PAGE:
Volume 2 opens with Frozen, a signed coin to ice cube. Again, the practicality of this is questionable as is the method in my opinion. PRR (Palm Reading Revelation is an odd idea that combines suggestion with a bit of fishing for information. Its an effect that can only be experienced by the person with whom you are working, if you can pull it off. Clean Hands requires that you keep a bowl of clean water handy so you can magically produce soap suds on your hands while also causing a signed coin to appear inside a sealed package of soap where you also find the identity of a selected card etched in the bar of soap (get all that?). Clean is not a word that comes to mind when I think if this piece.

Rebeled Match is another convoluted effect that I dont even think is worth spending the words to describe (I can imagine the audience reaction being, hmm, interesting). Skin is a card revelation on the spectators skin that is hardly a new idea and there are better ways to create the same effect. T&R from Hell is an apt description of yet another Torn and Restored signed card. Again, there are several others out there that are superior in both effect and method. (This is one of those tricks where the camera utterly fails to capture the entire effect. The viewer doesnt know the complete effect until the explanation.)

FMachine is an item that is so impractical that they could not perform it on the project. Instead, Nefesch describes the effect then explains how one canapparentlyhave someone insert a signed coin into a vending machine, pick any item, and have the signed coin appear inside the selected item. Good luck with this one.

Titanus then shares two versions of duplicating a spectator drawn picture via ESP using your business cards. I found the first method to be the best, though its hardly a new concept. Titanus also shares a version of Russian Roulette with Cans. His method is novel (and has nothing to do with a similar Paul Harris idea).

Volume 3Mind Magiccontains some unique ideas but again, I have to beat the impracticality drum. S.O.S. (Self Opening Soda) is self explanatory in effect: A soda can pops open with the power of your mind. As long as no one is paying very close attention to you when cleaning the can and other cozy machinations necessary to accomplish the effect that is. Blood is creepy and possibly dangerous, but I have to think that Bizarrists might find this worth exploring. The performer cries blood which, when wiped away, leaves a message or other impression behind on the cheeks. Thread is an animated thread effect that uses Nefeschs interesting Lighter Than Air attachment for invisible thread (explained in this volume as a bonus). Can is another piece that uses suggestion as well as the properties inherent in an empty aluminum can. Bowling is a prediction effect the method of which is new to Nefesch and Titanus but dates back more than half a century and the premise itself is even older. No More Kids Parties is a self-inflating balloon using a simple idea that, again, has been around the block a few times.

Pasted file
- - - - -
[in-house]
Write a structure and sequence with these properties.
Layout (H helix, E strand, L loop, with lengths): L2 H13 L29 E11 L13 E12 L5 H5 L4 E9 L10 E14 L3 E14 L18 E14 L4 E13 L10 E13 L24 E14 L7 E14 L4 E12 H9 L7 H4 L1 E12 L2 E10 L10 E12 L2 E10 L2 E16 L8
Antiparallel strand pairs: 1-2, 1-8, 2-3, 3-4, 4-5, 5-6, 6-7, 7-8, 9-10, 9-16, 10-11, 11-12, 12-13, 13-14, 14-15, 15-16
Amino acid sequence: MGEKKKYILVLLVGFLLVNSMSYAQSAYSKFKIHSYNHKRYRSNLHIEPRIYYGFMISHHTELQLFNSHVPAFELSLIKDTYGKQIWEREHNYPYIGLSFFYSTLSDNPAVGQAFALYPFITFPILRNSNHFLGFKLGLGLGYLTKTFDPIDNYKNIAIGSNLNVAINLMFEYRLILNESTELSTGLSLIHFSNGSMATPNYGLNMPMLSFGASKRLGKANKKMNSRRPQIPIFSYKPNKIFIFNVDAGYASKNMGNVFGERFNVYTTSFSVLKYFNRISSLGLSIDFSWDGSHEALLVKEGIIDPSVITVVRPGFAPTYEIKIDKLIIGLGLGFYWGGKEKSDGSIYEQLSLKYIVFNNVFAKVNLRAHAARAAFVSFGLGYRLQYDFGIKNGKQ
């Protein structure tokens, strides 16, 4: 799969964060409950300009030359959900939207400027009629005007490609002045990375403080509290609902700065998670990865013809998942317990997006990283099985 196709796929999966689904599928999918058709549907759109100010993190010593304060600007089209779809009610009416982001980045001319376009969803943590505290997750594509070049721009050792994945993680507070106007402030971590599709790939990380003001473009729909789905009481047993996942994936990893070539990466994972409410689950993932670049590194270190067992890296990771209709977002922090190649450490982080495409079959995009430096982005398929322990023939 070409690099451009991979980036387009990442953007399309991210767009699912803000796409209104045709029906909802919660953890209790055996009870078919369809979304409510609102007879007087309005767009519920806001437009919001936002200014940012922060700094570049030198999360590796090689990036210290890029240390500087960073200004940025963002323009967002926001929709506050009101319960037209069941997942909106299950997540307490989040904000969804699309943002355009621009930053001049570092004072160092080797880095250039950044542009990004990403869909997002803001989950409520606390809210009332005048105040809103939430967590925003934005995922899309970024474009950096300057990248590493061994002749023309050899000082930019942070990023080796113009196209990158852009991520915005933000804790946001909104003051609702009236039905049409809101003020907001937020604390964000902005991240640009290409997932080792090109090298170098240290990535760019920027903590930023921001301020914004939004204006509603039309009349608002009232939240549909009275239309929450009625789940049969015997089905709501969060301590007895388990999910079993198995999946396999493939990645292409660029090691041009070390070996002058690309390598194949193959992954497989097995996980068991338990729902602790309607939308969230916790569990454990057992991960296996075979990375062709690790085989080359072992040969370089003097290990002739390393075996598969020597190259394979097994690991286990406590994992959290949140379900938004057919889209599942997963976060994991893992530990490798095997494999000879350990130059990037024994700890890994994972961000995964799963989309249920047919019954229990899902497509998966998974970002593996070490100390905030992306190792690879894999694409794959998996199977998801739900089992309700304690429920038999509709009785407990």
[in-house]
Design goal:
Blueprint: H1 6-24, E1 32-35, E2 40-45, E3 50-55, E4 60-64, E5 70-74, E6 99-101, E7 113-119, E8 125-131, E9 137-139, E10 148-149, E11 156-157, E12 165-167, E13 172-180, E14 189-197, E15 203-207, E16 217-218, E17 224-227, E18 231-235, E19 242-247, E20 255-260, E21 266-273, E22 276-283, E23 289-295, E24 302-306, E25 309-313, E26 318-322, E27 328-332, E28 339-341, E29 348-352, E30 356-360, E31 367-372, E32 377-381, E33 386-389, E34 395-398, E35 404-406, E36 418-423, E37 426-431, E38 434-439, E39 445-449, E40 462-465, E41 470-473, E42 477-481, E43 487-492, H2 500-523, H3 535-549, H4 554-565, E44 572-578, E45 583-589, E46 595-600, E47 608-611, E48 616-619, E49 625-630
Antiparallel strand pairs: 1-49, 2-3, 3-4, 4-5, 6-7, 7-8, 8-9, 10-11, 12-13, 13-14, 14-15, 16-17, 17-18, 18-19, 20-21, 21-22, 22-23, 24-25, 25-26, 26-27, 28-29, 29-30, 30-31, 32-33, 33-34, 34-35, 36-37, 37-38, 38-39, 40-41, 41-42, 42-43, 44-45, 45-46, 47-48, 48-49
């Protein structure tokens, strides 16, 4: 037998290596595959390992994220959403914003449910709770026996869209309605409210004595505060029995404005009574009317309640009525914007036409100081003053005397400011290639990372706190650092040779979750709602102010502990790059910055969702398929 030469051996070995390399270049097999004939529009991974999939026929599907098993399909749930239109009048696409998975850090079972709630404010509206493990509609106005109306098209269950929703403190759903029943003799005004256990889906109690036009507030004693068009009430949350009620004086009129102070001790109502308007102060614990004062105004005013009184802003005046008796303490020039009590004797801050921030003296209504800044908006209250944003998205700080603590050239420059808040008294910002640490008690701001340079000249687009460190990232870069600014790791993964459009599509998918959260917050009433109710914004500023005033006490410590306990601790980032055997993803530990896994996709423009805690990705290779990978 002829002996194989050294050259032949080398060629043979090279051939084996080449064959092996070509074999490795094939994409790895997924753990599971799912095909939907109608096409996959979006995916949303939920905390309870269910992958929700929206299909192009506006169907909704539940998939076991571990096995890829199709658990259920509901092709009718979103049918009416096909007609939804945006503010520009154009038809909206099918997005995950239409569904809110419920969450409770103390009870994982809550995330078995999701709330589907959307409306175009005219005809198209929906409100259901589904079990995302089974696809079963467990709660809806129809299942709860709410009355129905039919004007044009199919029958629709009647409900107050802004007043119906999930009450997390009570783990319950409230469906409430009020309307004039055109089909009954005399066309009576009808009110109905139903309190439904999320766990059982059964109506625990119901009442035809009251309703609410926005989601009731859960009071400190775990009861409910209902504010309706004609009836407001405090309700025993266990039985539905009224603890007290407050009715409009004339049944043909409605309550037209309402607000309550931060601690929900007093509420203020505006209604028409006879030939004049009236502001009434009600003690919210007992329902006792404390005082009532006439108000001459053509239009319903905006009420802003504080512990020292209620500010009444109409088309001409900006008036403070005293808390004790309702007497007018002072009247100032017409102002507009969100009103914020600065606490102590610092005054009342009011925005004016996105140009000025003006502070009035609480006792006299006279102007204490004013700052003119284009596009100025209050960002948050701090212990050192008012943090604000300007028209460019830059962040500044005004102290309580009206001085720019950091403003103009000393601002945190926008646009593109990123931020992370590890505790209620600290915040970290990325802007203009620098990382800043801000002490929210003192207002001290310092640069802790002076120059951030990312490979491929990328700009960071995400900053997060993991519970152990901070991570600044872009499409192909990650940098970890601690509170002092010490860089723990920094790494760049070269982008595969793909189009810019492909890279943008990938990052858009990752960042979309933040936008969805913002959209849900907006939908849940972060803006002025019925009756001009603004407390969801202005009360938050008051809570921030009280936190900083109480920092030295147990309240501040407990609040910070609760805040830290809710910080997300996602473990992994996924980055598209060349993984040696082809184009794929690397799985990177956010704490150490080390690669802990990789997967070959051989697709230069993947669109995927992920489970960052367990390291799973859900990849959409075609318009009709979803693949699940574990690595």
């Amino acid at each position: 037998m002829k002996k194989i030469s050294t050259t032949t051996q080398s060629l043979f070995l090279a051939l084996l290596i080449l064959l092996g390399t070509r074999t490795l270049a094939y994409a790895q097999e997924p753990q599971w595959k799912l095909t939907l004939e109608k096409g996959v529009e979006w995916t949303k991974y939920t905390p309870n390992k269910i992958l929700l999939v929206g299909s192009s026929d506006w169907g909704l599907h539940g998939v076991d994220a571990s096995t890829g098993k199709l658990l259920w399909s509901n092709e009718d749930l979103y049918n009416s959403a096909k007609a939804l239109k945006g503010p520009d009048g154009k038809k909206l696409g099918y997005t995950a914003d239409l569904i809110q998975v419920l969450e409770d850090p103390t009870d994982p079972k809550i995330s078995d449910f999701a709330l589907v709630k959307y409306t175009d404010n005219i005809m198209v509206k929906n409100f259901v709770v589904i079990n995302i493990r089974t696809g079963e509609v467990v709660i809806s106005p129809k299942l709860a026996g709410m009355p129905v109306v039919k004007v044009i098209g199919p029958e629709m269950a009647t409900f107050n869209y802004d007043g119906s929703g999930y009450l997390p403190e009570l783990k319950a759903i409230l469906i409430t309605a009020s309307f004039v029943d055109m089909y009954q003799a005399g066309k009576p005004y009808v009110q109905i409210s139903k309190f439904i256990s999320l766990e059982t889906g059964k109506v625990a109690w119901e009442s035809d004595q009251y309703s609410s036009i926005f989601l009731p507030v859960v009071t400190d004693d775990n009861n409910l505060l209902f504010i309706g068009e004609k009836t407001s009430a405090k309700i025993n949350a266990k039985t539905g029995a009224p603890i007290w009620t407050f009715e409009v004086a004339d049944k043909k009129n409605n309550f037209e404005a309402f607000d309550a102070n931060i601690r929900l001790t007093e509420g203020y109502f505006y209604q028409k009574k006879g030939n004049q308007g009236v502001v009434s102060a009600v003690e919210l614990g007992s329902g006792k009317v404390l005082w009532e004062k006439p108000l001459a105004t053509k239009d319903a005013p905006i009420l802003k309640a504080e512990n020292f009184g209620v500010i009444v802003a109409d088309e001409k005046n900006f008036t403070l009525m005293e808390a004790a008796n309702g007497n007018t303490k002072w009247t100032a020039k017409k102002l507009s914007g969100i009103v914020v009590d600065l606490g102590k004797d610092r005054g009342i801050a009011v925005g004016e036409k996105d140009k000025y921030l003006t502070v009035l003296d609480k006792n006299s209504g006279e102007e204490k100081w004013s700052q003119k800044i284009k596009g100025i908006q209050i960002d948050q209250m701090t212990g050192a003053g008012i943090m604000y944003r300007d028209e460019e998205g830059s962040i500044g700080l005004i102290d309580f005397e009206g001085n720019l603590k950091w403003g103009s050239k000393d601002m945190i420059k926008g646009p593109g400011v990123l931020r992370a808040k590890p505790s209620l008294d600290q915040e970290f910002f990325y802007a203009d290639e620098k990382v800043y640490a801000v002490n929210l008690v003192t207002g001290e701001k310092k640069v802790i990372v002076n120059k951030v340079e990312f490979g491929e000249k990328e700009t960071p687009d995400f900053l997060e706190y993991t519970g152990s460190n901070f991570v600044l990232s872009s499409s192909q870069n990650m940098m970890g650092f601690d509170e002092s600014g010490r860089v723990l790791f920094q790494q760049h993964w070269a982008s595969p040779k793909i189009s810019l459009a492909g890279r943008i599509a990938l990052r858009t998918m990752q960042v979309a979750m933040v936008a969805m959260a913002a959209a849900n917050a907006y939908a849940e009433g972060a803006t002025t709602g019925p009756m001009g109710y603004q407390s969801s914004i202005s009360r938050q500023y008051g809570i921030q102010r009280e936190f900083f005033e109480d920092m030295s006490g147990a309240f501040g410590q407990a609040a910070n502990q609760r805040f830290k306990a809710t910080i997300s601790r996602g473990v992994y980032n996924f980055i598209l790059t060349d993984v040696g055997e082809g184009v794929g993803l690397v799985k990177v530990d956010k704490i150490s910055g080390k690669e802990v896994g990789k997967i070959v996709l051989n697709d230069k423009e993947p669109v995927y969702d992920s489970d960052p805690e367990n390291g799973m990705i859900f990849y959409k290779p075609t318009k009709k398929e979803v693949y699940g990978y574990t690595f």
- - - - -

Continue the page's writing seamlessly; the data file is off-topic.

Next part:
PsyCar is a one on one performance piece where you convince a passenger that you are controlling a car (with a manual transmission) with only your mind. Newz is an interesting idea to accomplish an old effect (predicting what word a person will circle on a newspaper while behind his back). Its based almost solely on audience management, however, and could be less than 100 percent.

This disc also includes a clip from one of Nefeschs shows (the end of Newz, a couple of illusionsincluding Metamorphosisand walking on glass). All three discs include the same 15-minute interview of Nefesch conducted by Titanus.

The descriptionsas difficult as they are to understandare quite complete. Nefesch explains everything in detail and Titanus extracts the various inspirations behind each piece; an admirable thing to do. But the lack of practical material, the inferior methodology of those that are, the price of each volume, and the poor quality of the production prevents me from giving this project even a marginal nod.

● The Magic of Nefesch ● Nefesch ● Vol. 1(2-discs) approx 198 mins., Vol. 2 (2-discs) approx 197 mins., Vol. 3 (2-discs) approx 185 mins., DVD only ● Multi-region ● Available from your favorite magic dealer. ● Dealers should contact Murphys Magic Supplies, Inc. on the web at www.murphysmagicsupplies.com or by phone at (800) 853-7403 ● $50 each volume
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Dustin Stinett